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A Canada Food Inspection Agency employee, left, looks on as beef from the XL Foods cattle processing plant is dumped at a landfill site near Brooks, Alta. (JEFF McINTOSH/THE CANADIAN PRESS)
A Canada Food Inspection Agency employee, left, looks on as beef from the XL Foods cattle processing plant is dumped at a landfill site near Brooks, Alta. (JEFF McINTOSH/THE CANADIAN PRESS)

XL plant cited five times before E. coli outbreak Add to ...

The Alberta slaughterhouse at the centre of a widespread E. coli outbreak last year was flagged for serious sanitation, maintenance and training problems in the months leading up to the largest-ever meat recall in Canada, newly released inspection reports reveal.

On five occasions between January and September, 2012, the Canadian Food Inspection Agency (CFIA) ordered the XL Foods plant in Brooks, Alta., to clean up its act after uncovering contamination risks or regulatory breaches on the production line, in the cooler and in the storage area, according to documents obtained by The Globe and Mail through access-to-information legislation.

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Among the problems cited were condensation dripping from pipes and rails onto dead cattle in the cooler; employees failing to sanitize knives and hooks in the carcass-cutting and de-hiding areas of production; animal fat and blood buildup on stairs between two zones of a kill floor; potentially contaminated bull necks dragging on a conveyor belt; and improper labelling procedures for shipments containing meat handled on different production dates.

It’s unclear whether these problems were a harbinger of the more serious food-safety threat that followed, in which at least 18 people in Canada fell ill after eating meat processed by XL Foods. But the CFIA’s five corrective-action requests issued to the Edmonton-based company before potentially deadly E. coli O157:H7 was detected in XL beef trimmings on Sept. 4 expose some of the safety issues government inspectors grappled with at the country’s second-largest meat packer.

At times, food inspectors halted work at production stations to address contamination threats or to require XL workers to be retrained for failing to follow sanitary practices. Production, however, was usually restarted within minutes (as little as two minutes in one case) – nothing close to the nearly month-long shutdown that followed the XL meat recall that spanned more than 20 countries.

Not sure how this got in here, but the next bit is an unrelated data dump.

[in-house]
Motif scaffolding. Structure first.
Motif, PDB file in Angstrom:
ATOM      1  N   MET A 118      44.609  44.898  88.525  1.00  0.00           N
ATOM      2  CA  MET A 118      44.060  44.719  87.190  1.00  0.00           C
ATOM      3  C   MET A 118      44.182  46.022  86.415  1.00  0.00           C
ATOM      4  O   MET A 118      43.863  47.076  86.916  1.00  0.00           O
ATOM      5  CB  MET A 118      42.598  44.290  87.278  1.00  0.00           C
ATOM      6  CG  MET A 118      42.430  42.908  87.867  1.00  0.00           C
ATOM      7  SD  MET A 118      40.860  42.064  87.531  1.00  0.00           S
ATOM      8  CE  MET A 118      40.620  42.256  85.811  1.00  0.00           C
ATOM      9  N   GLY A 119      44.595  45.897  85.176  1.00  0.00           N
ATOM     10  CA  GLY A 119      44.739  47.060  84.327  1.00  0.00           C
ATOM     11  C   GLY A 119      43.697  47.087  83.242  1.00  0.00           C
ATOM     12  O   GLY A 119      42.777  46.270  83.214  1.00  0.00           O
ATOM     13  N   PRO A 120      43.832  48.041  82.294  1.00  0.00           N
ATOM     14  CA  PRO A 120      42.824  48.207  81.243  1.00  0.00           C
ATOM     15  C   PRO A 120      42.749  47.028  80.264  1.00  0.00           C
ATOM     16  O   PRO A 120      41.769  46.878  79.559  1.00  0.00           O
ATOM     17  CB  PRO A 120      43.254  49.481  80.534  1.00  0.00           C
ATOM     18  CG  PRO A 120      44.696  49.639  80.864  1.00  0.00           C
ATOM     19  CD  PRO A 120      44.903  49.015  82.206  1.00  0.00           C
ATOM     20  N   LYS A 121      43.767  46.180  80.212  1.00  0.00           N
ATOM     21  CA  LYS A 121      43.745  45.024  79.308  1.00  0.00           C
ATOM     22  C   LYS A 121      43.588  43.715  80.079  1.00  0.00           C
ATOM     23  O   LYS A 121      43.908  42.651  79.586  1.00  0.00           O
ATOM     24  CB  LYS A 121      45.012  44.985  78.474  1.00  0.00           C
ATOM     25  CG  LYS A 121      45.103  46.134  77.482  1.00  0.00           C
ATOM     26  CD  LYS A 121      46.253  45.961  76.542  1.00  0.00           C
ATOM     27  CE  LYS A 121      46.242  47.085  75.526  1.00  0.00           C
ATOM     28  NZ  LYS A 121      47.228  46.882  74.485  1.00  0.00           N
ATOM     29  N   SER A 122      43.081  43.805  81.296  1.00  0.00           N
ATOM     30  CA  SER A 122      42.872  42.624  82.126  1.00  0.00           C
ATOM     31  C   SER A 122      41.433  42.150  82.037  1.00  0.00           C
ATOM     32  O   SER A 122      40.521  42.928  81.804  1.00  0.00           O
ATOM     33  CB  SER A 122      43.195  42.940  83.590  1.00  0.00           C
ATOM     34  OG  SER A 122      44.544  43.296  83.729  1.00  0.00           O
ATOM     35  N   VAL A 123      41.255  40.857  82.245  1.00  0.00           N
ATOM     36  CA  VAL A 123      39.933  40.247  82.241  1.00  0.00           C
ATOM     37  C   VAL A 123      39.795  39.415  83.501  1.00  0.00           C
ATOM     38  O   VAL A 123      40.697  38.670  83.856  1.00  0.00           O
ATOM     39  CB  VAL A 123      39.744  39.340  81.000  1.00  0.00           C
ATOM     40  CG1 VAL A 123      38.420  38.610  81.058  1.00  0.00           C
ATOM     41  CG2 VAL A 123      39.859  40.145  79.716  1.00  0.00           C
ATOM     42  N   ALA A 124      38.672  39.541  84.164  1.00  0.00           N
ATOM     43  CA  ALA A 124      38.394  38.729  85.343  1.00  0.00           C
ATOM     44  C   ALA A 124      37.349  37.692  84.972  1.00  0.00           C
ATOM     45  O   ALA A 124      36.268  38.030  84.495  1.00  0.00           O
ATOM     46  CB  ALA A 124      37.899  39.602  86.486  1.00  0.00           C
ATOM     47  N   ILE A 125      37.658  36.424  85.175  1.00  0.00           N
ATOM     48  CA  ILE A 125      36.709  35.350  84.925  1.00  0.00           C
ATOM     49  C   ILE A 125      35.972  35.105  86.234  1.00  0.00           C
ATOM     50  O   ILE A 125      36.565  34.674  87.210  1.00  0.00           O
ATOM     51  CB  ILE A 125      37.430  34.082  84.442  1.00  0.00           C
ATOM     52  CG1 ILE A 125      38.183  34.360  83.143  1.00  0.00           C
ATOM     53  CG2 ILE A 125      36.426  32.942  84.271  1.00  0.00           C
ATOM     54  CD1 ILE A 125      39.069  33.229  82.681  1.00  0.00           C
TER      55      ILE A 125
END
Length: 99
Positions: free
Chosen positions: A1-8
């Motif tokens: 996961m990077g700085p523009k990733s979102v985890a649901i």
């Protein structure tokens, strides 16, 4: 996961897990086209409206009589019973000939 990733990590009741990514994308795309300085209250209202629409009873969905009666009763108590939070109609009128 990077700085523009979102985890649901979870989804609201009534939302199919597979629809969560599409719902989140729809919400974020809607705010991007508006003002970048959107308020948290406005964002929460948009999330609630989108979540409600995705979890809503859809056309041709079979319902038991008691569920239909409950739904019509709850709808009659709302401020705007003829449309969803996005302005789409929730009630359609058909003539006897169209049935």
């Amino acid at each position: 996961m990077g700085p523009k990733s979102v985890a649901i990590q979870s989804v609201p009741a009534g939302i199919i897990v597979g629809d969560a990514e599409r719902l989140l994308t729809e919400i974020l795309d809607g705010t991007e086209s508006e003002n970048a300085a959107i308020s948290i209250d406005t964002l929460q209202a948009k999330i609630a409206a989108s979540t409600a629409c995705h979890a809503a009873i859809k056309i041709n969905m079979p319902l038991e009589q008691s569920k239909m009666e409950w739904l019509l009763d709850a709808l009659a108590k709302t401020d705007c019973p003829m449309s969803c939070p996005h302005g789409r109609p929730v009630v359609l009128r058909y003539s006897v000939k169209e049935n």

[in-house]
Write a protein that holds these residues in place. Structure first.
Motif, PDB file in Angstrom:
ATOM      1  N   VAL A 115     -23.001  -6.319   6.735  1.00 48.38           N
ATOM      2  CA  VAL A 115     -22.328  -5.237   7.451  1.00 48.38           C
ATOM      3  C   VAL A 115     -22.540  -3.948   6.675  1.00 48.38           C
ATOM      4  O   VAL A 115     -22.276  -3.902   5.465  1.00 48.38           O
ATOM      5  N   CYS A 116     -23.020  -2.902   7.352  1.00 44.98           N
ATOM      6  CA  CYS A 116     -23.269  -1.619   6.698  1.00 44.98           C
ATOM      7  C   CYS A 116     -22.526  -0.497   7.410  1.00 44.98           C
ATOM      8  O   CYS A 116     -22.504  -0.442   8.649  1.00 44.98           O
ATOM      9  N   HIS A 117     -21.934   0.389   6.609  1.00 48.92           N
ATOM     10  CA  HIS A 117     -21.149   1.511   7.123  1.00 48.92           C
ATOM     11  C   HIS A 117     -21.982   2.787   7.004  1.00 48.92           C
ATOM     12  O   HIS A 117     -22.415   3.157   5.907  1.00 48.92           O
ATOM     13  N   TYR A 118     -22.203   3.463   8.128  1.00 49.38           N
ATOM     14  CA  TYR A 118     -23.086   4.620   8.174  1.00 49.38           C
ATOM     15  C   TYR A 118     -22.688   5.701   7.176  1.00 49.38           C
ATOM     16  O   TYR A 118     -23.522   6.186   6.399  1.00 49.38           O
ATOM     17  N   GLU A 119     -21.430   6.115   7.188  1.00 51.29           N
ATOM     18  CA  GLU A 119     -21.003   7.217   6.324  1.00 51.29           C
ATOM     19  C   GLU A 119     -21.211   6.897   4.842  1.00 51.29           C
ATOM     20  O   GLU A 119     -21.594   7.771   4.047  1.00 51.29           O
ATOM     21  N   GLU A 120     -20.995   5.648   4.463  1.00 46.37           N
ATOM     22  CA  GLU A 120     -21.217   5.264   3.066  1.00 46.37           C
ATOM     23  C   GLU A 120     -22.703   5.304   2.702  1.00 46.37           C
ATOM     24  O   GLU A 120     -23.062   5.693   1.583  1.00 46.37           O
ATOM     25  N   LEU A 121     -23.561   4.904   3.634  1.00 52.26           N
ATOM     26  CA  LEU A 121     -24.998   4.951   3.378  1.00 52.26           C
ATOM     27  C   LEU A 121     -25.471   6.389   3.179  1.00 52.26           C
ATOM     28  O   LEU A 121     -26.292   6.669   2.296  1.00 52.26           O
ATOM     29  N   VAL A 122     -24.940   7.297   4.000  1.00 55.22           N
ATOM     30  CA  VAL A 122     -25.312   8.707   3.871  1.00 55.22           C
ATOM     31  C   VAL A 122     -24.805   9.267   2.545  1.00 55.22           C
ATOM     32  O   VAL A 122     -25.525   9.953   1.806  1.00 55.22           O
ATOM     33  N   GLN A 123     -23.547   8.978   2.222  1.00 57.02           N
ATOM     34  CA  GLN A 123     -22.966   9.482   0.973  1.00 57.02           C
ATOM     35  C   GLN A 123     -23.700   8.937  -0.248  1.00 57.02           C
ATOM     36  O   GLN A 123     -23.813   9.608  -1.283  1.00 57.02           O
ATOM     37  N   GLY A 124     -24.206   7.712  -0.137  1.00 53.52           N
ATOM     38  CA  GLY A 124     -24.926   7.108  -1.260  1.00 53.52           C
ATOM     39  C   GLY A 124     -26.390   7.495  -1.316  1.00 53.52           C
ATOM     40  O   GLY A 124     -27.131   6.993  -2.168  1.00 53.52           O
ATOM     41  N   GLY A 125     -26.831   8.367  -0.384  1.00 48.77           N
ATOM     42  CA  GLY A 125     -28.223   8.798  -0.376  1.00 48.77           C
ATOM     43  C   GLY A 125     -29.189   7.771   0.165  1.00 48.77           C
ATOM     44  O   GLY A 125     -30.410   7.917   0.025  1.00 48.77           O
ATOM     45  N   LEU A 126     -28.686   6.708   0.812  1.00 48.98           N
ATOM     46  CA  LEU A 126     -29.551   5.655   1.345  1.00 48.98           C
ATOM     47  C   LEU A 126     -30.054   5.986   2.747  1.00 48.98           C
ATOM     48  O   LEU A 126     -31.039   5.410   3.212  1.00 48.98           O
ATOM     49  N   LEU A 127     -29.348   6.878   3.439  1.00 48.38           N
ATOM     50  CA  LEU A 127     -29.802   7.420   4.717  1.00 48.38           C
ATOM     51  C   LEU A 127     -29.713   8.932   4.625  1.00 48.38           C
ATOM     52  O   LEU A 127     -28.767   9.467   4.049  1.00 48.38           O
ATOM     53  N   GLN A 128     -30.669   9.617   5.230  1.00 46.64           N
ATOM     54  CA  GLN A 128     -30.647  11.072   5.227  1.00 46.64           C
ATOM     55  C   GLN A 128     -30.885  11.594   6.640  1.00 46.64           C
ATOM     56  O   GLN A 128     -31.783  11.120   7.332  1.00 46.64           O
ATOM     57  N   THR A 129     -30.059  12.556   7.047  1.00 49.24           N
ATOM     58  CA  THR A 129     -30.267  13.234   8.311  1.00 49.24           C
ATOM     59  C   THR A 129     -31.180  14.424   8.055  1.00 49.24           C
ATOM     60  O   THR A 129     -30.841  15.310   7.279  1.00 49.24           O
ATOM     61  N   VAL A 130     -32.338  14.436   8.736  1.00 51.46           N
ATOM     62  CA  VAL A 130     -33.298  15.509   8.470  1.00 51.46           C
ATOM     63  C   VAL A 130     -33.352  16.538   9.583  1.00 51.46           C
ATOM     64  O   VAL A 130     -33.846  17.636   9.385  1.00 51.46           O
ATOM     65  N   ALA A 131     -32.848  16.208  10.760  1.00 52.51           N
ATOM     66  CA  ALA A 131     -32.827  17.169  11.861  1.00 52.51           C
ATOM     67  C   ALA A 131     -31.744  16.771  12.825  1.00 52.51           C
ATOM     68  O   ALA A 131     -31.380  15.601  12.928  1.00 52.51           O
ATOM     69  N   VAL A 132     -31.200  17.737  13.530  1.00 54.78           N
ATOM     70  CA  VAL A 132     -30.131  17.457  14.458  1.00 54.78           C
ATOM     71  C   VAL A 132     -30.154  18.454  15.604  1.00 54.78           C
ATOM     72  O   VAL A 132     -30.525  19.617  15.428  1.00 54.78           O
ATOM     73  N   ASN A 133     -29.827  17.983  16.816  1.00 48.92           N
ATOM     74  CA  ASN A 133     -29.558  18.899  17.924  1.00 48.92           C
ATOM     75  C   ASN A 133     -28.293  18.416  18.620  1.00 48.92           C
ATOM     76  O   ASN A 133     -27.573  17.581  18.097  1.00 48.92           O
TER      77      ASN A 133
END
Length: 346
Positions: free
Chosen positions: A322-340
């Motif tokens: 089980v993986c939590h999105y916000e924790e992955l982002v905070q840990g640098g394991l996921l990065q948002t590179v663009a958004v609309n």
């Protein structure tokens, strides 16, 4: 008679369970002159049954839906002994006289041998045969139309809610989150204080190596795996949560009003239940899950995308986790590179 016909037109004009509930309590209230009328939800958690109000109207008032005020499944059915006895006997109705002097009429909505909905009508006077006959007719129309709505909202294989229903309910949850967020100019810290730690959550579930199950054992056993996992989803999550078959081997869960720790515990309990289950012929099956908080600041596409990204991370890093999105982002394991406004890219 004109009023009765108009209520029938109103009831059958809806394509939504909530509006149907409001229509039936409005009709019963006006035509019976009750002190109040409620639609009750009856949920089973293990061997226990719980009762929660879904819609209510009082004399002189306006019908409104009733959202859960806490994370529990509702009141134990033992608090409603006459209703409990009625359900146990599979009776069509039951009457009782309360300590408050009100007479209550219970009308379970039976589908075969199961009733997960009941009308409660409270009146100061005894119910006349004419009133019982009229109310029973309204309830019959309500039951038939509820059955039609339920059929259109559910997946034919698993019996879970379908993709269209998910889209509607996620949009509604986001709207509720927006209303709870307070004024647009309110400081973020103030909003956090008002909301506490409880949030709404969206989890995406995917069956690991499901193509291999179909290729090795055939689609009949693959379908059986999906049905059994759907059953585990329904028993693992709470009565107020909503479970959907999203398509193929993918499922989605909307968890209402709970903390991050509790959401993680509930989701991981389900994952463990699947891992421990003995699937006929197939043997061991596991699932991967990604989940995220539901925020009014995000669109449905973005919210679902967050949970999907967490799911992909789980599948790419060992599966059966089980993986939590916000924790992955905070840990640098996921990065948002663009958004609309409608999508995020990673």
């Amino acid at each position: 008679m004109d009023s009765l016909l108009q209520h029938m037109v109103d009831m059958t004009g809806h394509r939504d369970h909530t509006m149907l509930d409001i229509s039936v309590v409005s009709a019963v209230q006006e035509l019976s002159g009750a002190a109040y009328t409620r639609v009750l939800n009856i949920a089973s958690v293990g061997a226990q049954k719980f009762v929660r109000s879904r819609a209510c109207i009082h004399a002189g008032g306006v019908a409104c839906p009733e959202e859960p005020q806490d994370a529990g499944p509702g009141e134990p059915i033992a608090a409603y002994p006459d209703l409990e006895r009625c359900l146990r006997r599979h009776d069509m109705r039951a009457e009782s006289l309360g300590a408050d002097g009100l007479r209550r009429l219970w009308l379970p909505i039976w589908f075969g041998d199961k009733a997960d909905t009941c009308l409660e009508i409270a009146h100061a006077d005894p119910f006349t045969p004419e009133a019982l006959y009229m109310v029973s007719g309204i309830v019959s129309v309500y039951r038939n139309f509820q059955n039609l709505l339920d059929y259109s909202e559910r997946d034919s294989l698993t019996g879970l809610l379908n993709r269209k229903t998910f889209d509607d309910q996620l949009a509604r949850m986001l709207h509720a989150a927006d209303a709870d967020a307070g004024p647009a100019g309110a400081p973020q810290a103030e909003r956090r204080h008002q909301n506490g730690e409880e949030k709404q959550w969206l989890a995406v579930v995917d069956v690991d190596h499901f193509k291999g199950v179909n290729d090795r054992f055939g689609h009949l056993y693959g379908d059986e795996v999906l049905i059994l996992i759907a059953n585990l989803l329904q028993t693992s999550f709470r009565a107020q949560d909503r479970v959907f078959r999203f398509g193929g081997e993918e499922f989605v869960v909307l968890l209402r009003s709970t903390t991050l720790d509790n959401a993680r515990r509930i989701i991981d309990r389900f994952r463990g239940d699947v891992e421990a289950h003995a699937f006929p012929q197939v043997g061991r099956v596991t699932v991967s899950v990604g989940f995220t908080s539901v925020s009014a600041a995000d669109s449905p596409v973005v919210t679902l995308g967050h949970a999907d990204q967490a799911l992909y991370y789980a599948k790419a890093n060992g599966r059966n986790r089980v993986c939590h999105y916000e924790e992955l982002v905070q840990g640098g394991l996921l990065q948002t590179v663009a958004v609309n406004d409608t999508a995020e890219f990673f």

Unsanitary conditions appear to have been an ongoing problem at XL Foods in 2012. Three of the five corrective orders issued before the recall were for failing to meet regulatory requirements related to sanitary practices, operational sanitation or pre-operational sanitation. Unsanitary practices were also raised during the CFIA’s investigation of the E. coli contamination, University of Manitoba food-safety expert Rick Holley noted.

“In properly operated meat-processing facilities, you just wouldn’t see dirty rooms and dirty equipment being put into production,” Dr. Holley said.

After a lengthy review of XL’s food-safety practices, the CFIA gave the company the go-ahead to resume production in late October. Ultimately, the agency’s investigation determined that no single factor led to the widespread meat contamination; rather, a combination of several deficiencies probably played a role, such as the fact the company was not always following its control measures for positive E. coli tests.

The CFIA did not have a spokesperson available for an interview on Monday to discuss the problems inspectors flagged before the E. coli outbreak. In an e-mail, media relations manager Guy Gravelle noted that XL addressed all the problems raised in the corrective orders issued before the Sept. 4 contamination finding.

Federal inspectors use corrective orders to deal with both minor and serious concerns that require action from the company, Mr. Gravelle added. If a company fails to resolve the problems identified in the orders, the CFIA can halt production, suspend the plant’s operating licence or prosecute the company for food-safety violations.

It’s not unusual for a plant of XL’s size to receive several corrective action requests within a year, Dr. Holley said. The slaughterhouse, which is still owned by XL but being managed by JBS USA, is an older facility and poses greater maintenance challenges, he added. But those maintenance issues, such as the rusty saw blade and rusty trim-station kick plate noted in an Aug. 20, 2012, corrective action request report, should be part of a company’s hazard-analysis plan.

“Enhanced vigilance ... can compensate for the age of a plant,” Dr. Holley said.

JBS USA did not respond to a request for comment Monday. When the company took over management of the slaughterhouse, it had pledged to enhance training and improve food-safety practices. The plant employs about 2,200 workers and is a major economic engine for the small city of Brooks.

JBS USA, a subsidiary of Brazilian food giant JBS S.A., has been given the exclusive option to purchase the XL slaughterhouse and other properties for $50-million (U.S.) in cash and $50-million in JBS S.A. shares. The deal has not been finalized, but last month the Alberta government waived its foreign-ownership land rules for JBS, paving the way for the international company to buy the properties and gain a significant foothold in Canada.

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